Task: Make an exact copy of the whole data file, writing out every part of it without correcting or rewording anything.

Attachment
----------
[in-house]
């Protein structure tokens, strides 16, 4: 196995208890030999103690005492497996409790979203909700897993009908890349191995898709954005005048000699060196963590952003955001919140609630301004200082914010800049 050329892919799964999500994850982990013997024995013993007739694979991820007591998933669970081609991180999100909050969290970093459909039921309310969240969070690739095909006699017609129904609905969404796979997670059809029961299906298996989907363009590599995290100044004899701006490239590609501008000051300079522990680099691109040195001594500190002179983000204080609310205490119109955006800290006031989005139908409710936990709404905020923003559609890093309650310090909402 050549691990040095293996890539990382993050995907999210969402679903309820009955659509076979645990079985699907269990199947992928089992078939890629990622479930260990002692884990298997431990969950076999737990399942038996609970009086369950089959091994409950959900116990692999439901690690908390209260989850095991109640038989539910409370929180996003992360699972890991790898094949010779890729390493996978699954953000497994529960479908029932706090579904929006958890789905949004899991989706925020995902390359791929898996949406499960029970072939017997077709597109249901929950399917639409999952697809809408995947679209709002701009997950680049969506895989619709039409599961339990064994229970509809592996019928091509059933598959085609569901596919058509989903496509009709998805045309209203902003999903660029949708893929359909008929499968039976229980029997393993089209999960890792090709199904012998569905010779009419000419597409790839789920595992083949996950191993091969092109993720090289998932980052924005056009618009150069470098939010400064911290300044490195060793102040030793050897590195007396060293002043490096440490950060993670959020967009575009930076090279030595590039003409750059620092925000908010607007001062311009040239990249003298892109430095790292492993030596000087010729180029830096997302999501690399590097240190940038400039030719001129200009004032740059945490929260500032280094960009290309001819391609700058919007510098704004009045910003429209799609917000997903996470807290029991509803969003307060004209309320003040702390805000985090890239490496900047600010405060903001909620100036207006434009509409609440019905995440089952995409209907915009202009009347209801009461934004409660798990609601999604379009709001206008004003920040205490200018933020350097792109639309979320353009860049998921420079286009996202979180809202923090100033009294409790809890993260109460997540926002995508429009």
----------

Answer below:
[in-house]
């Protein structure tokens, strides 16, 4: 196995208890030999103690005492497996409790979203909700897993009908890349191995898709954005005048000699060196963590952003955001919140609630301004200082914010800049 050329892919799964999500994850982990013997024995013993007739694979991820007591998933669970081609991180999100909050969290970093459909039921309310969240969070690739095909006699017609129904609905969404796979997670059809029961299906298996989907363009590599995290100044004899701006490239590609501008000051300079522990680099691109040195001594500190002179983000204080609310205490119109955006800290006031989005139908409710936990709404905020923003559609890093309650310090909402 050549691990040095293996890539990382993050995907999210969402679903309820009955659509076979645990079985699907269990199947992928089992078939890629990622479930260990002692884990298997431990969950076999737990399942038996609970009086369950089959091994409950959900116990692999439901690690908390209260989850095991109640038989539910409370929180996003992360699972890991790898094949010779890729390493996978699954953000497994529960479908029932706090579904929006958890789905949004899991989706925020995902390359791929898996949406499960029970072939017997077709597109249901929950399917639409999952697809809408995947679209709002701009997950680049969506895989619709039409599961339990064994229970509809592996019928091509059933598959085609569901596919058509989903496509009709998805045309209203902003999903660029949708893929359909008929499968039976229980029997393993089209999960890792090709199904012998569905010779009419000419597409790839789920595992083949996950191993091969092109993720090289998932980052924005056009618009150069470098939010400064911290300044490195060793102040030793050897590195007396060293002043490096440490950060993670959020967009575009930076090279030595590039003409750059620092925000908010607007001062311009040239990249003298892109430095790292492993030596000087010729180029830096997302999501690399590097240190940038400039030719001129200009004032740059945490929260500032280094960009290309001819391609700058919007510098704004009045910003429209799609917000997903996470807290029991509803969003307060004209309320003040702390805000985090890239490496900047600010405060903001909620100036207006434009509409609440019905995440089952995409209907915009202009009347209801009461934004409660798990609601999604379009709001206008004003920040205490200018933020350097792109639309979320353009860049998921420079286009996202979180809202923090100033009294409790809890993260109460997540926002995508429009």